One of the main challenges of creating a bumblebee population model that operates in realistic digitised landscapes is how to represent multiple bee species feeding on multiple flower species both with different morphological characteristics.
What determines if a bee can feed on a flower or not? Bumblebees are attracted to some flowers and not others, high quantities of nectar as well as high sugar concentration per flower are important factors, as well as the quality of the pollen that they can collect too. We know that bumblebees have a preference for flowers in the pea family (Fabaceae), this includes White clover (Trifolium repens), Red clover (Trifolium pratense) and Common vetch (Vicia sativa) for example and these are often recommended as in pollinator friendly wild flower seed mixtures. Bumblebees also have a preference for flowers in the daisy family (Asteraceae) like Dandelion (Taraxacum offinale) and Common knapweed (Centurea nigra) and can collect a large amount of nectar and pollen by crawling around the large flower heads of these species without having to fly to and from individual flowers. But some bumblebee species have their particular favourites.
Co-evolution of flowers and bee pollinators means that some bumblebees are better adapted to feed on certain flower shapes than others. The length of the bees tongue (glossa) will determine how far down the nectarine the bumblebee can feed from. Some flowers have a fused corolla tube, this is at the base of the flower and is a tube like structure that will prevent any insects with a tongue shorted than it to feed on all of the nectar.
The widespread buff-tailed bumblebee, Bombus terrestris has a relatively short tongue at about 6.3 mm on average, in contrast to the Garden bumblebee, Bombus hortorum with 11 mm on average. This means that B. hortorum can feed on flowers with longer corolla tubes, and will possibly mean that B. terrestris and B. hortorum are not always in competition with each other for forage. So in the Bumble-BEEHAVE model we needed to factor in these different bumblebee glossa lengths and flower corolla tube lengths.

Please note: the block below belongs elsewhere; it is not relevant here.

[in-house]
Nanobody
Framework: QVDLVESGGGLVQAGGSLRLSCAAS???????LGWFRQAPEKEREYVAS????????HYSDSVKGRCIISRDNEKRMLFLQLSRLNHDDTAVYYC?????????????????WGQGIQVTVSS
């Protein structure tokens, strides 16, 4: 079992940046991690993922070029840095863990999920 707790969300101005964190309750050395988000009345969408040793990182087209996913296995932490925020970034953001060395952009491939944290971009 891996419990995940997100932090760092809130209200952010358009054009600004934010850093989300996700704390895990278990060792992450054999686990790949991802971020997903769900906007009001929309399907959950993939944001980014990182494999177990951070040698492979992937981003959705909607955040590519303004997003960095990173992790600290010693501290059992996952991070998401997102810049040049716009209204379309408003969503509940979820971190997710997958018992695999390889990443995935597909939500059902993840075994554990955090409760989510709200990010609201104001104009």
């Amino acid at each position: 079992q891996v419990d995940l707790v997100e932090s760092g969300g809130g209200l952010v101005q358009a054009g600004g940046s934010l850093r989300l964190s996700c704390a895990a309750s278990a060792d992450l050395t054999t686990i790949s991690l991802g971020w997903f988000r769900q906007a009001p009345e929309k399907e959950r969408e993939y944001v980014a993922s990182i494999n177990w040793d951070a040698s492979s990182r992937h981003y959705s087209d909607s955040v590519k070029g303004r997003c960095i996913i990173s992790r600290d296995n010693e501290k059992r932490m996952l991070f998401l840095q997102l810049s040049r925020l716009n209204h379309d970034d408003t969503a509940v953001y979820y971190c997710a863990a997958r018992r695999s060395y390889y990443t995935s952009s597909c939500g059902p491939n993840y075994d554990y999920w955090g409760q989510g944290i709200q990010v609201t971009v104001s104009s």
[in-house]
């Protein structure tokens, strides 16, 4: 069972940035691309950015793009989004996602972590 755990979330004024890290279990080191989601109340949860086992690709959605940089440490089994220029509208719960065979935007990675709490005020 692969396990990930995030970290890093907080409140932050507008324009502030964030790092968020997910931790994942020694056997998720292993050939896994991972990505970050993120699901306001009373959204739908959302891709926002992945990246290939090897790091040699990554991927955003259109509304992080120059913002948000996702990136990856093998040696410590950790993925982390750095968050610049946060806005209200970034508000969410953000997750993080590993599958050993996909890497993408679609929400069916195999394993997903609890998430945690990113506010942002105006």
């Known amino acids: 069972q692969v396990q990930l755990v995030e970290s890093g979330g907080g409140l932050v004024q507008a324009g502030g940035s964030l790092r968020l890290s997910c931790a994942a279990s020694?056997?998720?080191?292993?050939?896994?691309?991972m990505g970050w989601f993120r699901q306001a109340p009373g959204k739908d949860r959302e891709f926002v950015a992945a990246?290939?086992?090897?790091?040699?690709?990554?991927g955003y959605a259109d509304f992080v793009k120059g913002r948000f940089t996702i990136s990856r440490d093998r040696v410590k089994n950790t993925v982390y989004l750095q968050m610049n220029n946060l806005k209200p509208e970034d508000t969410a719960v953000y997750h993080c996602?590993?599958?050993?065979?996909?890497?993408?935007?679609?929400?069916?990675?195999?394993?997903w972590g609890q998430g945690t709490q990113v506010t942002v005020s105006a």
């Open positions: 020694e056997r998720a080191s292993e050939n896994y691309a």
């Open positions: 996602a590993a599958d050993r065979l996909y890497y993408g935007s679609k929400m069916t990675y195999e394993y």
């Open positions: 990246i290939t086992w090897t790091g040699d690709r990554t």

There is a great deal of literature out there on this, which makes our job a bit easier. We collected these values from the literature and these formed an input table for the model. We were missing some species data though, Foxgloves (Digitalis purpureum) are tricky, they are essentially entirely a fused corolla tube, but bumblebees can get into these as the flowers are large enough to accommodate most bumblebee body sizes, this means that data on how long this was (up to 45mm) was no use, instead we needed to know how long the part at the back of the flower was that may restrict the bumblebees with shorter tongues from feeding on it.
For this we explored the Cornwall campus of the University of Exeter during the summer which was awash with Foxgloves up to 2 metres high after a bumper year. We sampled 3 flowers from 10 different plants and with digital callipers we measured that back part of the corolla. After washing our hands (as Foxgloves are mildly poisonous!) we calculated that on average this was approximately 7 mm, which may restrict some of the short tongued species. It is also perhaps a combination of a small body size combined with a long tongue that makes B. hortorum (and other long tongued bumblebee species) so effective at feeding on Foxgloves.
We collected data for the 35 different wild flower species that bees feed on nectar from and 3 nectar providing crops that ranged in size from 0 mm corolla tube for open flowers such as Bramble (Rubus fructicosus) and Buttercups (Ranunculus acris), through to Foxgloves, Red dead nettle (Lamium purpureum) and Common vetch (V. sativa) at approximately 7 mm right through to 17 mm for the tubular wild flower Bugle (Ajuga reptans) and a huge 19 mm for Broad bean (V. faba) crops, which may only be assessable to the Queens of long tongued species B. hortorum and B. pascuroum.
With the nectar flower volume and sugar concentration data collected by Dr. Ellie Rotheray from the University of Sussex we had all the data we need to represent different bee species feeding on different flower species in our digitised landscapes.
Now we have this data in our model we can explore a range of questions, we can look into the energetics behind bee feeding preferences, we can look at what species provide the majority of nectar for bees, something that is tricky to do in empirical studies. We also aim to use Bumble-BEEHAVE to explore a range of pollinator friendly Countryside Stewardship options in a variety of landscapes in order to make bespoke management recommendations so watch this space for more news on Bumble-BEEHAVE.
Dr Grace Twiston-Davies is a Postdoctoral Research Associate at the University of Exeter, Environment and Sustainability Institute (ESI). Grace has been working with Prof. Juliet Osborne, Dr. Matthias Becher, and Tim Penny on the Bumble-BEEHAVE model as part of the BBSRC funded project “An integrated model for predicting bumblebee population success and pollination services in agro-ecosystems”. She has a PhD in grassland landscape restoration and ecology from the University of Reading.